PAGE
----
KENNEDY – A man visiting friends at a rural Chautauqua County town is presumed deceased following a tragic canoeing accident along a popular waterway.
On Sunday afternoon, a group of four friends took to the Conewango Creek near Kennedy in two canoes.
“After a day of hanging out together at the family farm, they decided to come down and do a little recreational kayaking and canoeing,” said Lt. Kelly.
However, as Lt. Tom Kelly with the New York State Police tells us, in a single moment, things turned fatal.
“The one canoe got hung up on a tree that was across the creek, in their efforts to try to traverse the tree, and the creek, the canoe overturned,” explained Lt. Kelly.
Friends of the man quickly called 911, summoning first responders to the around 6 p.m. Sunday. The night’s search was unsuccessful, with crews returning to the scene Monday.
“Unfortunately, and realistically, it’s most likely a recovery,” said Noel Guttman, Chautauqua County Director of Emergency Services. “With cold water, in the water rescue world, we are always optimistic that there are cases where people can be submerged up to 45-mins in cold water and still have a viable recovery, unfortunately I think that window has far been surpassed for us.”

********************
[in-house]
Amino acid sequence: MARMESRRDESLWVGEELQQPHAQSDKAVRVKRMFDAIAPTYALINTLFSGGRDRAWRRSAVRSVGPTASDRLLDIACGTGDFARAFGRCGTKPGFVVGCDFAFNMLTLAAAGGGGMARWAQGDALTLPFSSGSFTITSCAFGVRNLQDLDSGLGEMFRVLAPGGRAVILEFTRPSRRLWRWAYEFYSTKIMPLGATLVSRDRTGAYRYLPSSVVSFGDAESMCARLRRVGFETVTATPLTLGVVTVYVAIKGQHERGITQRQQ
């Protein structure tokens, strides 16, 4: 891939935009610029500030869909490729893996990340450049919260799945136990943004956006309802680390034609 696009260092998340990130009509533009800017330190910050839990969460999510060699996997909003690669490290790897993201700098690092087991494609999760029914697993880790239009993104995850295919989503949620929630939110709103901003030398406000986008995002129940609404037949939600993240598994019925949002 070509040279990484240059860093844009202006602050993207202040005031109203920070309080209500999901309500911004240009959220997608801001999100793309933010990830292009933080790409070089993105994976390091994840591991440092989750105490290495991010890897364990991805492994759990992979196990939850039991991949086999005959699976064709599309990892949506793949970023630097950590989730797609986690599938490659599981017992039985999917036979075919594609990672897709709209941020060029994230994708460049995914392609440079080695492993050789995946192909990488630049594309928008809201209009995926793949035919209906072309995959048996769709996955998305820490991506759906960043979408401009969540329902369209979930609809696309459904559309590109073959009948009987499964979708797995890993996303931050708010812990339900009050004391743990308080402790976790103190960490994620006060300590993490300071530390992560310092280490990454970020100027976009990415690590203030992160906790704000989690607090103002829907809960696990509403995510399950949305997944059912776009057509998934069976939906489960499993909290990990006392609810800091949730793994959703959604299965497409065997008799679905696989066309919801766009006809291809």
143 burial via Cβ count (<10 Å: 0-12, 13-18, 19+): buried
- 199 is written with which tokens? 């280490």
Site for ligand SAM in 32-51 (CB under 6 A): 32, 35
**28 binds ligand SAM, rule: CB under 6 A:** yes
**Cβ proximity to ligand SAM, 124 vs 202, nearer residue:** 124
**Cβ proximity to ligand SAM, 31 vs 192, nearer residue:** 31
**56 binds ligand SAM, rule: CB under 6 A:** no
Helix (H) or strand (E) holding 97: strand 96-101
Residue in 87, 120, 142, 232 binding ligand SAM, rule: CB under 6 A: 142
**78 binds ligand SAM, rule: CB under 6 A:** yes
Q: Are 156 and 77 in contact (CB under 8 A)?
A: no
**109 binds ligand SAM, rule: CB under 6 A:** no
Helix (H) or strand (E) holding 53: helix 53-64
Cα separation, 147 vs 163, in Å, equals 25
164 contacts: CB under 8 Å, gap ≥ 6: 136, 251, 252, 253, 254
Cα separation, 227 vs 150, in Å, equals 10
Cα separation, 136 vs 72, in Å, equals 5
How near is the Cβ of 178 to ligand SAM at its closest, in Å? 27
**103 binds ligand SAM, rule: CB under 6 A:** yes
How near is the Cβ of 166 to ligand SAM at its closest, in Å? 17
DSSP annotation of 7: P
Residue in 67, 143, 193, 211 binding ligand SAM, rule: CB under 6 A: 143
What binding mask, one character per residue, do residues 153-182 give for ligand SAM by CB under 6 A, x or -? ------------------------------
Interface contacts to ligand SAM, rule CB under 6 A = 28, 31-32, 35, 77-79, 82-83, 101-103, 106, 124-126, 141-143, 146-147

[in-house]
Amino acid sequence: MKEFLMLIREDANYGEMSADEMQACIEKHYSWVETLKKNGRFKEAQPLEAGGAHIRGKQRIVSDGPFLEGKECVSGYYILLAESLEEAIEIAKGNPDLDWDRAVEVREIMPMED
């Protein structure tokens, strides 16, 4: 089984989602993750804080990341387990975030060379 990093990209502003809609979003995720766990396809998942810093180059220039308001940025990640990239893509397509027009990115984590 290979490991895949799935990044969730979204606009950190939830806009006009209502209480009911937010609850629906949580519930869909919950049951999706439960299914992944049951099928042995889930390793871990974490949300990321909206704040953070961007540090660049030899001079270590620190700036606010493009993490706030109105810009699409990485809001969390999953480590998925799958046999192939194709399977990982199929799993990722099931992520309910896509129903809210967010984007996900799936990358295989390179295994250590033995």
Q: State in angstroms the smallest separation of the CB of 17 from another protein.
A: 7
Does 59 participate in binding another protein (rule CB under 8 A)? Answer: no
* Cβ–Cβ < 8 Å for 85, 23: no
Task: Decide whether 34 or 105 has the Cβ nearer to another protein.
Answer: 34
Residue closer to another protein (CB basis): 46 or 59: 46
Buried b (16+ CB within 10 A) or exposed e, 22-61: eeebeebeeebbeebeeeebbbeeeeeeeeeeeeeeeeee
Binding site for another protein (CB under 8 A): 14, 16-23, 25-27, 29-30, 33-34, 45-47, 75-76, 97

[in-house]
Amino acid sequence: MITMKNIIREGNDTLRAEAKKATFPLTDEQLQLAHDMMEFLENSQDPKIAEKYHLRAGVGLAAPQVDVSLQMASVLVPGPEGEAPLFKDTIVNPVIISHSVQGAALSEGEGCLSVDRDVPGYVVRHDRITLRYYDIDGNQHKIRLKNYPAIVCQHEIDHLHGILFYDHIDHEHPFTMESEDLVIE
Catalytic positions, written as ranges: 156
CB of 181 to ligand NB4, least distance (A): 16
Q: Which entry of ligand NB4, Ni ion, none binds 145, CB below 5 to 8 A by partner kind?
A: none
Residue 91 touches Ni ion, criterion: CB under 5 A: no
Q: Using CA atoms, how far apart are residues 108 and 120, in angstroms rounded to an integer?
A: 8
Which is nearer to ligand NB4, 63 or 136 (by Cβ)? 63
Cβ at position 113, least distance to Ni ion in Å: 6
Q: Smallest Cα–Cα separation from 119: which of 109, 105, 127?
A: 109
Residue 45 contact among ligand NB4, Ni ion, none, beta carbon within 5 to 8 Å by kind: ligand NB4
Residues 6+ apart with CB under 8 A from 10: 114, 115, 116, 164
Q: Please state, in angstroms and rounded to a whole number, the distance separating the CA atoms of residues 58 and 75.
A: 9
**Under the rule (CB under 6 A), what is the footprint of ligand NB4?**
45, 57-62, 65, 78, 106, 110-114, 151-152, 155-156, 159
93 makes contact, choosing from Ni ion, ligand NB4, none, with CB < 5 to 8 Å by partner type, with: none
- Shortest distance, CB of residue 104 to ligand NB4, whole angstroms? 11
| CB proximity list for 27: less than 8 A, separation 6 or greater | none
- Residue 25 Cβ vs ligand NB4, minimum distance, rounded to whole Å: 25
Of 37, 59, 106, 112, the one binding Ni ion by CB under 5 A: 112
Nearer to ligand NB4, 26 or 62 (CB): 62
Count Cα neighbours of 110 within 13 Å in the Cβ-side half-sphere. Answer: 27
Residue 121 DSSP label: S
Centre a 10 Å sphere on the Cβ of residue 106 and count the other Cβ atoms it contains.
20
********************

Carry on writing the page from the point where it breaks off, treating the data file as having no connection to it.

Guttman says in addition to several local fire departments, the county’s technical rescue team, State Police and Sheriff Dive Teams are searching the waterway. Police also deployed a drone.
“It’s a tragic situation from the start, and the more it goes on it just become more anguishing, we just want to be able to for the first responders, and predominantly for the family, being able to close this and say that we were at least able to help somehow, is beneficial for everybody involved,” said Gutman.
Officials at the scene say one lifesaving measure should be in place for anyone, who plans to hit the water this summer.
“It looks flat, it looks pretty peaceful, but this is the definition of swift water,” continued Gutman. “That water is moving very rapidly, although it doesn’t exactly look like it, and it is a very dangerous body of water, and with any body of water the number one safety thing anybody can do is wear a PFD, personal flotation device.”